Arthur ‘The Iron Master’ Saxon was born Arthur Hennig in 1878 in the German town of Leipzig.
Born eleven years later, Arthur “The Iron Master” Saxon was in many ways the antithesis of Eugen Sandow.
Despite taking a very similar route in the iron game, both were German strongmen in European circuses, Saxon’s motivations were purely based in strength whereas Sandow concentrated on the aesthetic body.
Learning the Craft
Not the consummate academic, Saxon at the age of 14, dropped out of school. He promptly took up strength training with weights made by himself out of stone.
Alfonso Alexander Zass is a legendary strong man, and one of most prominent during his era.
He was born in 1888, a native to Lithuania. Although he was only 5'4 feet tall and weighed 165 pounds and not very muscular, he made up for his physique with his awesome strength and endurance.
He was known for his strength, surprisingly enough, he didn't engage in any weightlifting, which lead some to wonder how he had grown so strong. He earned his name "The Amazing Samson" because of the many different feats of strength he would perform. He is well know also for being a significant proponent of isometric exercise which was his primary training method. He is a man of many other talents aside from those of a strong man.
Unless you are a real fan of Seventies bodybuilding, you might not readily know the name Casey Viator. A true muscular behemoth and the youngest man to win a Mr. America title at the tender age of 19, Casey's legacy is not as iconic and memorable as someone called Arnold.
But there is one photo of him that still does the rounds of muscle blogs and forums that is iconic. The photo of his seemingly astounding physical transformation in the 1973 Colorado Experiment. Despite all Casey Viator’s lifelong accomplishments in bodybuilding, the first thing everyone associates with his name is the famous, or infamous depending on what side of the fence you sit, Colorado Experiment.
Sadly Casey passed away on September 4 of 2013, due to cardiac arrest. He was only 62 years old. And his life and career have been filtering through my thoughts and reflections ever since.
Well, another year is in the books. And I am sure you have a set of strength and health goals for the coming New Year.
But do you really?
The reason I ask is while most of you most likely have strength or muscular development targets, I don’t know if all of you have made these goals with improved health in mind.
Over Christmas I read a series of articles written by John McCallum in the Sixties with just this topic in mind and it got me thinking about my health in relation to my strength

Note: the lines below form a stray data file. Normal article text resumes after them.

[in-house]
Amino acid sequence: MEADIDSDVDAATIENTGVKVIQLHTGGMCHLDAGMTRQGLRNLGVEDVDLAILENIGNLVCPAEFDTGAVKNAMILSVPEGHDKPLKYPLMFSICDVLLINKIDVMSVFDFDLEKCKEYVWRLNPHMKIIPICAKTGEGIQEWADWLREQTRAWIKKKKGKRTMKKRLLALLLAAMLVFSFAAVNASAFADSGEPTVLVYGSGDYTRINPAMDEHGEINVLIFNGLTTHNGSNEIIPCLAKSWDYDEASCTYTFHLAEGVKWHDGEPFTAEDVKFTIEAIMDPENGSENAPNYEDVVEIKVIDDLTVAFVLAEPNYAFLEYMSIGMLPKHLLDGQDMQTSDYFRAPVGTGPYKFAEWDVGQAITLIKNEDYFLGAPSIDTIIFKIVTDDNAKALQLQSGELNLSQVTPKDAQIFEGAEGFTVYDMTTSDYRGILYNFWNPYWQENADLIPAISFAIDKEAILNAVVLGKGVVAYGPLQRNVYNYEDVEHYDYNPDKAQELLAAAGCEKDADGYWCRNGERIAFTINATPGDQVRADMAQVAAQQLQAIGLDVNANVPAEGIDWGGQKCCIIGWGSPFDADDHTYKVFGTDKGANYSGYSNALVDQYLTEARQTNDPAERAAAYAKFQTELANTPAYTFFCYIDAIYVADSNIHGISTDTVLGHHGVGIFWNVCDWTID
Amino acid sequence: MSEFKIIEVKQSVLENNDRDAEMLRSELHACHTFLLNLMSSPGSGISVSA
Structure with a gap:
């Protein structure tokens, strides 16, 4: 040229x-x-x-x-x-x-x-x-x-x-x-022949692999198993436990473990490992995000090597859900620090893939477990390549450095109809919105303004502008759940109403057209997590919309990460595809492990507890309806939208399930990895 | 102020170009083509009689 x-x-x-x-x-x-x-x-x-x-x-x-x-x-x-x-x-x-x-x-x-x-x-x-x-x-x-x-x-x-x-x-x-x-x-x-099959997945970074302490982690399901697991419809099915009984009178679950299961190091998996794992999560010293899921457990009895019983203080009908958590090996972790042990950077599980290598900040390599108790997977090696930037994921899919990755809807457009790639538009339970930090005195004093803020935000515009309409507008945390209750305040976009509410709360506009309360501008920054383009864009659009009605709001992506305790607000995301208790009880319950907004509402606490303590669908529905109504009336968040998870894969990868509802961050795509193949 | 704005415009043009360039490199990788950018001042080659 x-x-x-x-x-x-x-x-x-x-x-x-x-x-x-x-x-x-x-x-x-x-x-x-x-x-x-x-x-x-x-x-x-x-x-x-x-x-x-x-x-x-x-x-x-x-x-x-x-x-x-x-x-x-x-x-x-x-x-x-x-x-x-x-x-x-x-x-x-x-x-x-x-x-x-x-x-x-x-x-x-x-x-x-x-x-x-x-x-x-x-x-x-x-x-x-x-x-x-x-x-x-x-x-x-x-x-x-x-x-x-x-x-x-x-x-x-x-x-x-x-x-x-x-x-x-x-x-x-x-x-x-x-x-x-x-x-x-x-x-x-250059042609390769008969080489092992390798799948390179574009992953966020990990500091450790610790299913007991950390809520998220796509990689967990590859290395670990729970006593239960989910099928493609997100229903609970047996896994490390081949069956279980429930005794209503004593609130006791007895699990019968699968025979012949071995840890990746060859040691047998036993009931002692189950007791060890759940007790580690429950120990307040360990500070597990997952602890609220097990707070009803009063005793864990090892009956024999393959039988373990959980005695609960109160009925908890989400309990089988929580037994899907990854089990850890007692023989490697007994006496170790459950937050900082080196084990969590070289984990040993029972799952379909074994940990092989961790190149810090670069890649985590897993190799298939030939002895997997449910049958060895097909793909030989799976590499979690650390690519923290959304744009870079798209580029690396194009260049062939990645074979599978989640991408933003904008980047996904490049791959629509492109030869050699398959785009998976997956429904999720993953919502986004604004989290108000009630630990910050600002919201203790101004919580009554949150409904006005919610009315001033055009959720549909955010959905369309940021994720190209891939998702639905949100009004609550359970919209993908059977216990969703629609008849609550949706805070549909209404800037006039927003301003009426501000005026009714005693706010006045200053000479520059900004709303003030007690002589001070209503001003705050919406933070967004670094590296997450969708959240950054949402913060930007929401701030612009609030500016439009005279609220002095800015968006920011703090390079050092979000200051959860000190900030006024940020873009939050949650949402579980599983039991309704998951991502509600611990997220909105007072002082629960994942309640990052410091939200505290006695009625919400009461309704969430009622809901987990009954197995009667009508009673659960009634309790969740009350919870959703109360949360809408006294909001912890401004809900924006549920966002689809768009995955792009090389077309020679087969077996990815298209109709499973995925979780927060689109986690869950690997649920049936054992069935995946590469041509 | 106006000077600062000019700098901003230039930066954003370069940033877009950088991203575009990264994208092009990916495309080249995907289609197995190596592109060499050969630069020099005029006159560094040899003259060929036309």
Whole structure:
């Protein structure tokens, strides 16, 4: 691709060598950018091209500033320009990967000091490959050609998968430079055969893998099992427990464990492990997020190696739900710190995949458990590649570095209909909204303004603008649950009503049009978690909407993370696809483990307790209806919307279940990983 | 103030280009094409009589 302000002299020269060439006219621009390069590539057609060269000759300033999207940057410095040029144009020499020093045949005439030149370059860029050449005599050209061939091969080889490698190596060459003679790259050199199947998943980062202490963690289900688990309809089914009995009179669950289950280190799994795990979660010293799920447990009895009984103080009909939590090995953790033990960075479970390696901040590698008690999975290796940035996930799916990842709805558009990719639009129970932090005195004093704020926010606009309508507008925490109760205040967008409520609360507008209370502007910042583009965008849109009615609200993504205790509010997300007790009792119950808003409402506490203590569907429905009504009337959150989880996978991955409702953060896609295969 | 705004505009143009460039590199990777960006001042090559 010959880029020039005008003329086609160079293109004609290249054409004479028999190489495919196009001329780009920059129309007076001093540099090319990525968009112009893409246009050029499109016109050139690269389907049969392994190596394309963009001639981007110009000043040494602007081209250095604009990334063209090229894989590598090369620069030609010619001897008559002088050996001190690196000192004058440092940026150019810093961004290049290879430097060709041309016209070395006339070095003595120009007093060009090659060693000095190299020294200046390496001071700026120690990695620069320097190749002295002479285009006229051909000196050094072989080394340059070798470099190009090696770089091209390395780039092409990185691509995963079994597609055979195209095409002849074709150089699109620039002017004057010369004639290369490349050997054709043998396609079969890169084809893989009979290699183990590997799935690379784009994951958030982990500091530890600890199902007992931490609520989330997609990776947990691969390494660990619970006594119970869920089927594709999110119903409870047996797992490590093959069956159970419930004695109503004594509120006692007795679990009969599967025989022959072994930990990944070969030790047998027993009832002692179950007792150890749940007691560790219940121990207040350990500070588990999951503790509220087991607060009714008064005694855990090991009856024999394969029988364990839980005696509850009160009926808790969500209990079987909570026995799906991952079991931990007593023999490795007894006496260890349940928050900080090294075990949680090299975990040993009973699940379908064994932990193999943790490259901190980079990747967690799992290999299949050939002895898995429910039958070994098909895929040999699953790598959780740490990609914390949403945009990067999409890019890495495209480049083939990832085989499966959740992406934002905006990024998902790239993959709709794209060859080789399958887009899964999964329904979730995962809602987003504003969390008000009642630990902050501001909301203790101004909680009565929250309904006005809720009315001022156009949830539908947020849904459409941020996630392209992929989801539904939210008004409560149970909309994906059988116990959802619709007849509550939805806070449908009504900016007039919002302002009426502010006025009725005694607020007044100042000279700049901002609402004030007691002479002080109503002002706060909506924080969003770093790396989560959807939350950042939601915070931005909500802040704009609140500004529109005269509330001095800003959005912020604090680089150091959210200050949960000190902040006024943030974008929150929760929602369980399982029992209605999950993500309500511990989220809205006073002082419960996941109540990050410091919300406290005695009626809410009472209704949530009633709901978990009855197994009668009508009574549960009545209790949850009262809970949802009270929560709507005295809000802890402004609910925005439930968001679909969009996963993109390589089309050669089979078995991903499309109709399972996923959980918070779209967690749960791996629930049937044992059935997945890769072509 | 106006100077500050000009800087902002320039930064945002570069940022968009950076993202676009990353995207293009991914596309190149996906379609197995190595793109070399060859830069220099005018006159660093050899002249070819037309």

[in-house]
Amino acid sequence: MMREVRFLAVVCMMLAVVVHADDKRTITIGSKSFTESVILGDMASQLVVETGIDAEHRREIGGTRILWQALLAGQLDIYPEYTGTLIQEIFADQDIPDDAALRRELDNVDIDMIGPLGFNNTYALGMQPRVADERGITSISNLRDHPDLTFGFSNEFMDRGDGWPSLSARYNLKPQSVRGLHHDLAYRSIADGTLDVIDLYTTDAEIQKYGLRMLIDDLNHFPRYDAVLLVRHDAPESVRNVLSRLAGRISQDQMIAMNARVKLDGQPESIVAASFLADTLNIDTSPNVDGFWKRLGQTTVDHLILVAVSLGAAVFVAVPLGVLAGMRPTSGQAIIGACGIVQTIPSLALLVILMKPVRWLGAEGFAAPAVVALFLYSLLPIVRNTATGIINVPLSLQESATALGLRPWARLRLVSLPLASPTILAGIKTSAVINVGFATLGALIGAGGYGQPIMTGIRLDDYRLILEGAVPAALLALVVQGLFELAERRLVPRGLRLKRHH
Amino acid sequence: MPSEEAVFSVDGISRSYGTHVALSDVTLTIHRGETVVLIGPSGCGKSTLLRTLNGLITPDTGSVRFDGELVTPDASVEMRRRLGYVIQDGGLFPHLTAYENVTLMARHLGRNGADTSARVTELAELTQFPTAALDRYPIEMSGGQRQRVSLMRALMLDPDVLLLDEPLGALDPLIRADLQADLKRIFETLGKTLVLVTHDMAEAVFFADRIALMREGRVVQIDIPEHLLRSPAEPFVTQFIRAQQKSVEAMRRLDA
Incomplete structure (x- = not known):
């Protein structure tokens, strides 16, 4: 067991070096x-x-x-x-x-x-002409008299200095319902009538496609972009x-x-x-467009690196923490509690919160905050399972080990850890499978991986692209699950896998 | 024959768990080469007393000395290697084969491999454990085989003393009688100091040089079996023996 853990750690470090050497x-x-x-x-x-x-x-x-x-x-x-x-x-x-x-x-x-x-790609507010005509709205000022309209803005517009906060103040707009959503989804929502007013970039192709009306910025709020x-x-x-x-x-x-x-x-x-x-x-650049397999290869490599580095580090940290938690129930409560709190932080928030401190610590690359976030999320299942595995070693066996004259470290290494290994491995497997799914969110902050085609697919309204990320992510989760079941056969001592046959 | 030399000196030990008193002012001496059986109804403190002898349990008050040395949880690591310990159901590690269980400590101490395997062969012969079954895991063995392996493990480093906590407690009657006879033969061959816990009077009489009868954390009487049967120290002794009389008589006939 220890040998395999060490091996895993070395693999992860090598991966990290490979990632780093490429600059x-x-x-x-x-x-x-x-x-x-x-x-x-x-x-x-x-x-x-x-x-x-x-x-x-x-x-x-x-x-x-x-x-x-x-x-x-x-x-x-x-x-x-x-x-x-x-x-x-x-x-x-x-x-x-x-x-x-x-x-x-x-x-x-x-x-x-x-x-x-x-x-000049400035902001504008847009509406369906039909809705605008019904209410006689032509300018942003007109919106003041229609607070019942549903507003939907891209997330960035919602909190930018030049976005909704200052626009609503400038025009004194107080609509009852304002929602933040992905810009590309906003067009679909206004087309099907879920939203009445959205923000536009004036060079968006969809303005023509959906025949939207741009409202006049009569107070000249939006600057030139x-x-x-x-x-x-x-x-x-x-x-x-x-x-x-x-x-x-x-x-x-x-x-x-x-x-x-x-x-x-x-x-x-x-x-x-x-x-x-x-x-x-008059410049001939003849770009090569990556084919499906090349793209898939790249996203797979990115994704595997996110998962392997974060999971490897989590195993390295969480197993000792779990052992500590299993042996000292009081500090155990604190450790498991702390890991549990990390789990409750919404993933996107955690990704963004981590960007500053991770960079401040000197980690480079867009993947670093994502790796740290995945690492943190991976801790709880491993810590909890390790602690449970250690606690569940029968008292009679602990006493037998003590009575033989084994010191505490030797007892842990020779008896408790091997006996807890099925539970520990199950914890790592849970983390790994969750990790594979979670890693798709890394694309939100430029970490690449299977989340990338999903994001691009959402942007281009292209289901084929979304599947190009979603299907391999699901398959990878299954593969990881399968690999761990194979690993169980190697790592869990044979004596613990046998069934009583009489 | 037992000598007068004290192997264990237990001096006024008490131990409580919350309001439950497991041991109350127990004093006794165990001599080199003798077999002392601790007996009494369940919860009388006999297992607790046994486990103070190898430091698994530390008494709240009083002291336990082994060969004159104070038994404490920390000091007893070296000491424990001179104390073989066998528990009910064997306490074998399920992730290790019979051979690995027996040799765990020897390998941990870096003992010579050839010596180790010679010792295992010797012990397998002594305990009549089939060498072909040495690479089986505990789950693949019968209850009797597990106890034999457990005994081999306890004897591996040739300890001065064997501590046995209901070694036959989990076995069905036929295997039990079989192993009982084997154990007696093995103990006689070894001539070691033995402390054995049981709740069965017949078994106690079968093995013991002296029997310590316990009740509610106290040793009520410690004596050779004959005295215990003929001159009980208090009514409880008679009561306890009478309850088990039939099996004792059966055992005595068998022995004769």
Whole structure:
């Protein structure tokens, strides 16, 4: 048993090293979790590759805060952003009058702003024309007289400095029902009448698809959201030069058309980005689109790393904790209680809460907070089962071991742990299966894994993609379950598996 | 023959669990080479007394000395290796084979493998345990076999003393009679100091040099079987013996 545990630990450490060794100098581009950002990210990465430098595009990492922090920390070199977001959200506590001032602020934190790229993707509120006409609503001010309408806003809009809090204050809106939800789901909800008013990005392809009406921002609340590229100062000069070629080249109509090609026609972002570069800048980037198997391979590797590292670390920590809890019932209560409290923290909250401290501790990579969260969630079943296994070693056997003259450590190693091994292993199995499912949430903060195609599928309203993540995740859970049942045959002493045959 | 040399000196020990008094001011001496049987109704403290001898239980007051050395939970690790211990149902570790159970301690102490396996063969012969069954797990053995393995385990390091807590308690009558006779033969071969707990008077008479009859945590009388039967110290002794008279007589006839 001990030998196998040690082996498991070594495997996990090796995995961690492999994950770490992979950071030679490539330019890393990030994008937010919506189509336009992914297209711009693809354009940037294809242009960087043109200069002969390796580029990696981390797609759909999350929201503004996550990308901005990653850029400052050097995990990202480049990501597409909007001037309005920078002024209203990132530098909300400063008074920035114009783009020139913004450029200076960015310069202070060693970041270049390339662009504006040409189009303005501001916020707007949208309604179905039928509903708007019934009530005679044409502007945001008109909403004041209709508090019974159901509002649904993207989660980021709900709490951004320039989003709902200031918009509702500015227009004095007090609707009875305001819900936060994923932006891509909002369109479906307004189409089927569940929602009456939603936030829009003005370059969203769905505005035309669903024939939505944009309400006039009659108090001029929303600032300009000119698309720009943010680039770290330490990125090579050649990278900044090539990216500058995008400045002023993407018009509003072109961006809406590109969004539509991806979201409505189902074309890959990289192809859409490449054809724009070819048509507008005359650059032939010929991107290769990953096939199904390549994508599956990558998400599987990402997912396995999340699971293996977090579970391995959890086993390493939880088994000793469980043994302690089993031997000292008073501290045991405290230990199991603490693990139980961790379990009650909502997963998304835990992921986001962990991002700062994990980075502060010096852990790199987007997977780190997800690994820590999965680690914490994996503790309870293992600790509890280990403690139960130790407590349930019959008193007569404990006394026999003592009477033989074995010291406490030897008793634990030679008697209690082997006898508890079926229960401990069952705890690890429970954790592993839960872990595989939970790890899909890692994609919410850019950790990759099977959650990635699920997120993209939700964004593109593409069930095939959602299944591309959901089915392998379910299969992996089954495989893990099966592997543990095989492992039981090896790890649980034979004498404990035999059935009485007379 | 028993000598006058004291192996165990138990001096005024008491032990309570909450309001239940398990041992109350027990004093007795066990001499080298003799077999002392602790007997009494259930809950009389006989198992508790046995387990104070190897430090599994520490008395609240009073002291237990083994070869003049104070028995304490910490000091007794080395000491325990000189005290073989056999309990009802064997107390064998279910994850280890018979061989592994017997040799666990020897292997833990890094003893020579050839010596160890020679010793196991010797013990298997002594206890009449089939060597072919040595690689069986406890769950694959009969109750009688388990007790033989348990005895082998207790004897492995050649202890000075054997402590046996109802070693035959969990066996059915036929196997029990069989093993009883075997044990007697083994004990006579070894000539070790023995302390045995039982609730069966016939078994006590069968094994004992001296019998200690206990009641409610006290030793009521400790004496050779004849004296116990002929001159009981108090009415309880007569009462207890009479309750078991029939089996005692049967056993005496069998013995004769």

There is a certain elevated level of respect held for the age old champions of the body building scene. Currently there are a ton of different chemical methods for bodybuilders to cheat their way to being huge. Years before all the breakthroughs in bodybuilding science there was the great Jack Delinger.
Deligner is a legend amongst body builders that set the precedent of being an All-American bodybuilder. This Oakland born beast claimed several impressive titles in the mid 20th century with an unparalleled level of dedication and commitment for the sport. He embodied competitive spirit and skill in his training and got an early start to his success.
This is a guest post by Jason Ferruggia
If you don’t know who Mike Mentzer was I will give you some quick background. He was a famous bodybuilder who competed back in the seventies and eighties against none other than Arnold, himself.
He was known for being a huge proponent of extremely low volume training. Mike was either loved or hated; there was no in between.
He had some radical view points and an in-your-face way of expressing them. He even had the balls to call Arnold out about his high volume training protocols and say what a complete waste of time it all was.
Doug Hepburn is undoubtedly one of the great Canadian athletic legends.
At the peak of his career he was considered the strongest man alive.
Doug is now acknowledged by many – along with Paul Anderson – as the grandfather of modern powerlifting.
Like Louis Cyr, nearly a century before, Hepburn put Canada firmly on the map in the strength world.
Doug was a truly multi-talented individual, whose skills and interests took him beyond the realms of sport to make him an inventor, storyteller, philosopher, and singer.
Most importantly Doug Hepburn should be seen as a true strength innovator.
Hermann Goerner was a famous strongman from Germany who was known for his grip strength and overall lifting ability.
Born 1891 in Saxony Germany, Hermann began his liting career at the tender age of10.
Fast forward to 14 years old and Herman Goerner was doing one-arm kettlebell swings with 50kg. At this time he stood at 5’6” and weighed 185lbs.
This was a muscular 14 year old, especially in the early days of the twentieth century.
Milo of Croton, an ancient world legendary athlete, is best remembered for his might and great strength.
He was born in Croton, a Greek colony in the southern part of Italy and it is here where his legend grew.
The legend of Milo’s celebrated strength began I his childhood.
The now famous legend goes, that he carried his pet calf daily increasing the distance gradually.
As the calf grew and increased in size, Milo’s muscles grew stronger and he could carry it easily when it was a full-grown ox.
I’ve always thought that kettlebells look quite cool. But when I look at Primal kettlebells from Onnit, I think they look plain bad ass.
Onnit Labs have some really great products – I’m a huge fan of their supplements.
But they’ve really outdone themselves this time